I feel like you just need to be aware of that as a parent. It's hard because life is busy, but if you can tune in to what they need in life, that will, I feel, make them the best person they can be.
Do you have a definition or a general notion for your family of what defines “home?”
Yeah. I feel like I've always felt this way even before I had kids, that home is where your heart is. My daughter's heart is clearly on our property. That's where her heart is. When we're gone, she's missing her kitties and stuff. With my son, his home is literally wherever he can find something that's new, he's into it. He wants to be there.
As far as my husband and I go, I could move tomorrow into a new place and be so happy, and decorate it how I want. I feel like your home is where you're at really.
How has parenthood shaped your approach to your work and the work/life balance?
About two years ago, we fell in love with this product that really came to my husband's life, and ended up talking on the business. Actually he's doing pretty darn good at it. I guess you can say also, I'm a professional network marketer, which is really weird. I never actually let that cat out of the bag because it sounds so weird, but it's actually really been so amazing on so many levels, and really helped my family to have a little financial freedom and help a lot of people.
What I like about being a professional surfer and doing the network marketing, is that I can be at home with the kids. Yeah, I do go here and there, but I'm home with the kids. I may be on the phone but what I try to do is when I'm with them, I'm present. When I'm with whatever I'm doing, I'm giving it 100%.
I feel like that's most moms these days, right? Mom's work and that's what I had to do for a little while there because our mortgage was so high. I was cleaning houses and doing whatever I could. Waitressing to try and make ends meet. That's what's just amazing that I can be home with the kids now. They're both in great schools and we're happy and can take a vacation here and there and stuff.
I can imagine you observed so many different parenting styles and different traditions all around the world. Is there anything that stands out in your mind as something you'd like to share with other parents? Any bit of wisdom?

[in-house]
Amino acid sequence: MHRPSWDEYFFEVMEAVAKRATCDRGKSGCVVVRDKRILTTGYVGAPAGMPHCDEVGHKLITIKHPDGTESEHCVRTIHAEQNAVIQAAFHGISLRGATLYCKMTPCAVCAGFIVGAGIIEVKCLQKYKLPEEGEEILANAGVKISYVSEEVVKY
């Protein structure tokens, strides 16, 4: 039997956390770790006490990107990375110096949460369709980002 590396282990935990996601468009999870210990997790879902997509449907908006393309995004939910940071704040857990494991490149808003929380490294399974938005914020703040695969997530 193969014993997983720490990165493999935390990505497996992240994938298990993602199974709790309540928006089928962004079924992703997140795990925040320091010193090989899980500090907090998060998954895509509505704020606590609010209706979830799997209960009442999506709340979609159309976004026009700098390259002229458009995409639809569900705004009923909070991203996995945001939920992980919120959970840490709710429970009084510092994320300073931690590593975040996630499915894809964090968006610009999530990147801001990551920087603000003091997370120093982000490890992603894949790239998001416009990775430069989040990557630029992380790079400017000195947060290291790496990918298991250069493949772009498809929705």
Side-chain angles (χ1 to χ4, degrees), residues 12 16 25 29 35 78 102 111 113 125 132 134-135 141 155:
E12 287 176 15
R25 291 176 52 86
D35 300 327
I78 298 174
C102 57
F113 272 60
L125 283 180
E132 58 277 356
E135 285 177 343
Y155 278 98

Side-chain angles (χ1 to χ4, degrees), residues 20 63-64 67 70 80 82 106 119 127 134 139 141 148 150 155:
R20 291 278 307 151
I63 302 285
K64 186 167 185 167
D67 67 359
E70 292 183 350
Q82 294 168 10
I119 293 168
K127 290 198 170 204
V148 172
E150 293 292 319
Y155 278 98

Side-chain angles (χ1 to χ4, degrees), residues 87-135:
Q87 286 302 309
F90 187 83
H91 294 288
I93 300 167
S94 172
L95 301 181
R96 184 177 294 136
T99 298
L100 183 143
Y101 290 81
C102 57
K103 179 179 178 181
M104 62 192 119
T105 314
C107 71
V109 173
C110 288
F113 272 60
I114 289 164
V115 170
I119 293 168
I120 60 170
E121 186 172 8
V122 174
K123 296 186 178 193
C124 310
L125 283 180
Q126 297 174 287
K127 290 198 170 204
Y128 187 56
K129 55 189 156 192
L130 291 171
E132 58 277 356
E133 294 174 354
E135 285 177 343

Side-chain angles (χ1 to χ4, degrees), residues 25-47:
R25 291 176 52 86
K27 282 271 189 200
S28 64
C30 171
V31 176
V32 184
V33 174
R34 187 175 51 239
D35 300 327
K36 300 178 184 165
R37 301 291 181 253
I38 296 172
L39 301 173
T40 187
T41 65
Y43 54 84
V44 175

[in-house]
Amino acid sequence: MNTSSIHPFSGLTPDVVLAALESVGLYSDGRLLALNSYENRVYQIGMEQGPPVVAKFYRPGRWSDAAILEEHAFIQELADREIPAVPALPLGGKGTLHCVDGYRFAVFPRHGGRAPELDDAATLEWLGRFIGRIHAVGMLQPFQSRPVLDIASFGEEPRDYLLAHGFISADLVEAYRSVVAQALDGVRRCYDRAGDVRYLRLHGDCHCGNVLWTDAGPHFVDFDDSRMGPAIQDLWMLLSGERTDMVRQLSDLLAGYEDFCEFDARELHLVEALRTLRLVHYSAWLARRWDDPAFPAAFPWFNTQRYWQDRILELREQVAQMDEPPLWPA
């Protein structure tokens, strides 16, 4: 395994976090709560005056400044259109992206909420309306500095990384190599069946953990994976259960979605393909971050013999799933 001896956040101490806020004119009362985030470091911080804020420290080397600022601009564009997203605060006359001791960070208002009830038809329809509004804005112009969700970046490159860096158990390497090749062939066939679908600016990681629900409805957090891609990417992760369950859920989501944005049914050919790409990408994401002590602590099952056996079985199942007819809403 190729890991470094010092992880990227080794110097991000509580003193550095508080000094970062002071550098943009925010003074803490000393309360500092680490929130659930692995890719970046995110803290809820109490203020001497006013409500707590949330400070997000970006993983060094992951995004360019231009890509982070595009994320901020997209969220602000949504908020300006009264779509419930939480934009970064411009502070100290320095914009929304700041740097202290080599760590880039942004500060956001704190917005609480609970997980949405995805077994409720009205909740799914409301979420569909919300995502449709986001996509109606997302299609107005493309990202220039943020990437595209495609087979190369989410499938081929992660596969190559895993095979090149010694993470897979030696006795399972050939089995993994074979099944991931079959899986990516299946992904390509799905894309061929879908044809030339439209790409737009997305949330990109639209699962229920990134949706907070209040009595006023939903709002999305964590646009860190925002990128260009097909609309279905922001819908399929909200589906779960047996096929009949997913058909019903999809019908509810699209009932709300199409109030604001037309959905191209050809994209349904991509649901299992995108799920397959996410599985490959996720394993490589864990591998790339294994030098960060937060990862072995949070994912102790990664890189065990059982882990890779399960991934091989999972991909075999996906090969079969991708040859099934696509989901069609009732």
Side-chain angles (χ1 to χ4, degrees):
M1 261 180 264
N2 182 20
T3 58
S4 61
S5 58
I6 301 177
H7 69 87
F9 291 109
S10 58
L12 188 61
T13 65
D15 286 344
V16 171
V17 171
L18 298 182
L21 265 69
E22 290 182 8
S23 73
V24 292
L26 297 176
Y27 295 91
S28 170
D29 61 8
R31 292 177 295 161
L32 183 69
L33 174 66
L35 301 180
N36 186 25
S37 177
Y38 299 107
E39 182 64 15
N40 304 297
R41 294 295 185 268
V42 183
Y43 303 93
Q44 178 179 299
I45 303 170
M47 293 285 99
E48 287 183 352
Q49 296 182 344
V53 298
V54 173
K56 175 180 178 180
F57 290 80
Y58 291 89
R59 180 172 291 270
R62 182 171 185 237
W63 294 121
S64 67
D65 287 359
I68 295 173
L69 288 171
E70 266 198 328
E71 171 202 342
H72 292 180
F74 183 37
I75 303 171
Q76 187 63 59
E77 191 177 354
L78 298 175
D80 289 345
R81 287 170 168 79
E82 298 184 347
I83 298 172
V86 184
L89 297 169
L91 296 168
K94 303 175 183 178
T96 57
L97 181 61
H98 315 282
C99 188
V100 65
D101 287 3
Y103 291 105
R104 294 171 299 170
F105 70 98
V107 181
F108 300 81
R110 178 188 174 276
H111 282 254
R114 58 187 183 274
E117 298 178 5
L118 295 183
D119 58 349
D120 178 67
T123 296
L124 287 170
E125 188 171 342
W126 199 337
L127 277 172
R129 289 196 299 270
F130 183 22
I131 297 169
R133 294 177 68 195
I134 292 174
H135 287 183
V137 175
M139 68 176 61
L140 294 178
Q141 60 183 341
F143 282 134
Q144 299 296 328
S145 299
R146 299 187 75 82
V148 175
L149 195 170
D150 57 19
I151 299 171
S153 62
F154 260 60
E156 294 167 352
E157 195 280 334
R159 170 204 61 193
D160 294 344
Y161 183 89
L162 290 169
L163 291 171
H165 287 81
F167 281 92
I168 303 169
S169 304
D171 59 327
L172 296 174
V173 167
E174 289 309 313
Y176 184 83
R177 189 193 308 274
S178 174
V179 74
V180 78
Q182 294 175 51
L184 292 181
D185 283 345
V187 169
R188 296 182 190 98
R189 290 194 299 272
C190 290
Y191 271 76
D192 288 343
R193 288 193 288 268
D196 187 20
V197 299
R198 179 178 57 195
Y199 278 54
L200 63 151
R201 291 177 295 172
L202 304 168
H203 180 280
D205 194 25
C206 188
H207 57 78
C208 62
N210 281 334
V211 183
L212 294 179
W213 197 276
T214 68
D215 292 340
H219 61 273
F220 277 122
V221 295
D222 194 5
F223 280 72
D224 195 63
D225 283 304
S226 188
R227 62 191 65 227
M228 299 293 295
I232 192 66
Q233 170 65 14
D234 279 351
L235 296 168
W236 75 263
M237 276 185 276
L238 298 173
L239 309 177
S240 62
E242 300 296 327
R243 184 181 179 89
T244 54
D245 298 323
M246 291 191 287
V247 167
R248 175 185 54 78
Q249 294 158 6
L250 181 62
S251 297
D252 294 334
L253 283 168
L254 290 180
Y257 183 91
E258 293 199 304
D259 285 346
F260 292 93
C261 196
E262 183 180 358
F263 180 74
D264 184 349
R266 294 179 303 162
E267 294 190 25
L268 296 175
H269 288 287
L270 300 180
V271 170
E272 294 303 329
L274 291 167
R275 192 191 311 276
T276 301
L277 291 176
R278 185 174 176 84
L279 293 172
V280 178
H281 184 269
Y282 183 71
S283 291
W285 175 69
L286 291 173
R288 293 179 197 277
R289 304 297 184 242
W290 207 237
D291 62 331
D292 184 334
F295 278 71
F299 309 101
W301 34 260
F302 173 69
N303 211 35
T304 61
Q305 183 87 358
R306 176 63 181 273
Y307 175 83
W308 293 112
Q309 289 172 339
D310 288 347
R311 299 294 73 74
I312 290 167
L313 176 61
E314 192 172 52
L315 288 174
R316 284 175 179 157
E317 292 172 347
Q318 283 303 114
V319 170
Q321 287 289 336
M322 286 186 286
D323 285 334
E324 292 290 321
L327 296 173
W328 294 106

I feel like it's really important for people to know that - we obviously went around the world twice - but you don't need to do that to have your children experience the joys of traveling. You could even just go camping for the weekend or make it a habit to go outside and experience nature and be in the moment with it.
I feel like what's happening in the world, which is kind of heartbreaking, is that it's an electronic world. It's inevitable. It's going to happen no matter what. It's part of our kid's future. Our kids are going to be attached to computers even if we really, really try our hardest not to let that happen.
I feel like if you can find some balance, and you can say, ‘Okay, you know what, we're going to balance this out. Sure you can play your iPad for a little bit, but we're going to go outside and we're going to spend two hours in nature. Mom and Dad are going to do it, too.’
I feel like that's something that I've learned is that as Americans, we get so busy. I'm to blame, too. My husband as well. We get too busy, and we just let our kids veg out. It's fun to be busy and to let your kids veg out, but there has to be a balance. That's what I watched around the world is that the balance is so great on the side of, ‘We're going to be in nature or we're going to do things’ ... And they don't even do it on purpose.